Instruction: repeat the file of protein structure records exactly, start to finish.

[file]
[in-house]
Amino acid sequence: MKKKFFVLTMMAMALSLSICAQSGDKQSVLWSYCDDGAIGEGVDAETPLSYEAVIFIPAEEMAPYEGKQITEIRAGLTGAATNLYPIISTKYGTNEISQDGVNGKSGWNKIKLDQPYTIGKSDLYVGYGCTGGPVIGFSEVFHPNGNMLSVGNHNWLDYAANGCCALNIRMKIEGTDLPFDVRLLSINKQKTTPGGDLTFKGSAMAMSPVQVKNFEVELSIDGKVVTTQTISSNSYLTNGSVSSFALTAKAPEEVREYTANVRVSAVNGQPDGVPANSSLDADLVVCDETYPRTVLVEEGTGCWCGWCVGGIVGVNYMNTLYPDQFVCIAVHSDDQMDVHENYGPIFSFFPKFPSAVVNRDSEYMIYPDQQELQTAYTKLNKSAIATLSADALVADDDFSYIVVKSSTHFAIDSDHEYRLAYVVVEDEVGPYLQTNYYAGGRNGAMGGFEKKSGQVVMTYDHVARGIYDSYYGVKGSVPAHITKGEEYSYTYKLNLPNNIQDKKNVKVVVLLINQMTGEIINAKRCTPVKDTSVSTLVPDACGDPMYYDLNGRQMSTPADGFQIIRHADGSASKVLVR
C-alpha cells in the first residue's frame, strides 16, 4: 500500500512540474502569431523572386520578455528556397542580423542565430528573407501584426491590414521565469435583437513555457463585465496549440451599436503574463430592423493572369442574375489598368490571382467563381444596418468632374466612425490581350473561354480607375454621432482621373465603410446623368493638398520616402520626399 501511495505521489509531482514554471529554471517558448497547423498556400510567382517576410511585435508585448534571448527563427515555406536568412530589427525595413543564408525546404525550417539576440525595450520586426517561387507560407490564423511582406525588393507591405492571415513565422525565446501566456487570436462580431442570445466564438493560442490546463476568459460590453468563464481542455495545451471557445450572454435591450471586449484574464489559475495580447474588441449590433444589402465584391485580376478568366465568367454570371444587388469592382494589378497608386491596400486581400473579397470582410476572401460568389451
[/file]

[in-house]
Amino acid sequence: MKKKFFVLTMMAMALSLSICAQSGDKQSVLWSYCDDGAIGEGVDAETPLSYEAVIFIPAEEMAPYEGKQITEIRAGLTGAATNLYPIISTKYGTNEISQDGVNGKSGWNKIKLDQPYTIGKSDLYVGYGCTGGPVIGFSEVFHPNGNMLSVGNHNWLDYAANGCCALNIRMKIEGTDLPFDVRLLSINKQKTTPGGDLTFKGSAMAMSPVQVKNFEVELSIDGKVVTTQTISSNSYLTNGSVSSFALTAKAPEEVREYTANVRVSAVNGQPDGVPANSSLDADLVVCDETYPRTVLVEEGTGCWCGWCVGGIVGVNYMNTLYPDQFVCIAVHSDDQMDVHENYGPIFSFFPKFPSAVVNRDSEYMIYPDQQELQTAYTKLNKSAIATLSADALVADDDFSYIVVKSSTHFAIDSDHEYRLAYVVVEDEVGPYLQTNYYAGGRNGAMGGFEKKSGQVVMTYDHVARGIYDSYYGVKGSVPAHITKGEEYSYTYKLNLPNNIQDKKNVKVVVLLINQMTGEIINAKRCTPVKDTSVSTLVPDACGDPMYYDLNGRQMSTPADGFQIIRHADGSASKVLVR
C-alpha cells in the first residue's frame, strides 16, 4: 500500500512540474502569431523572386520578455528556397542580423542565430528573407501584426491590414521565469435583437513555457463585465496549440451599436503574463430592423493572369442574375489598368490571382467563381444596418468632374466612425490581350473561354480607375454621432482621373465603410446623368493638398520616402520626399 501511495505521489509531482514554471529554471517558448497547423498556400510567382517576410511585435508585448534571448527563427515555406536568412530589427525595413543564408525546404525550417539576440525595450520586426517561387507560407490564423511582406525588393507591405492571415513565422525565446501566456487570436462580431442570445466564438493560442490546463476568459460590453468563464481542455495545451471557445450572454435591450471586449484574464489559475495580447474588441449590433444589402465584391485580376478568366465568367454570371444587388469592382494589378497608386491596400486581400473579397470582410476572401460568389451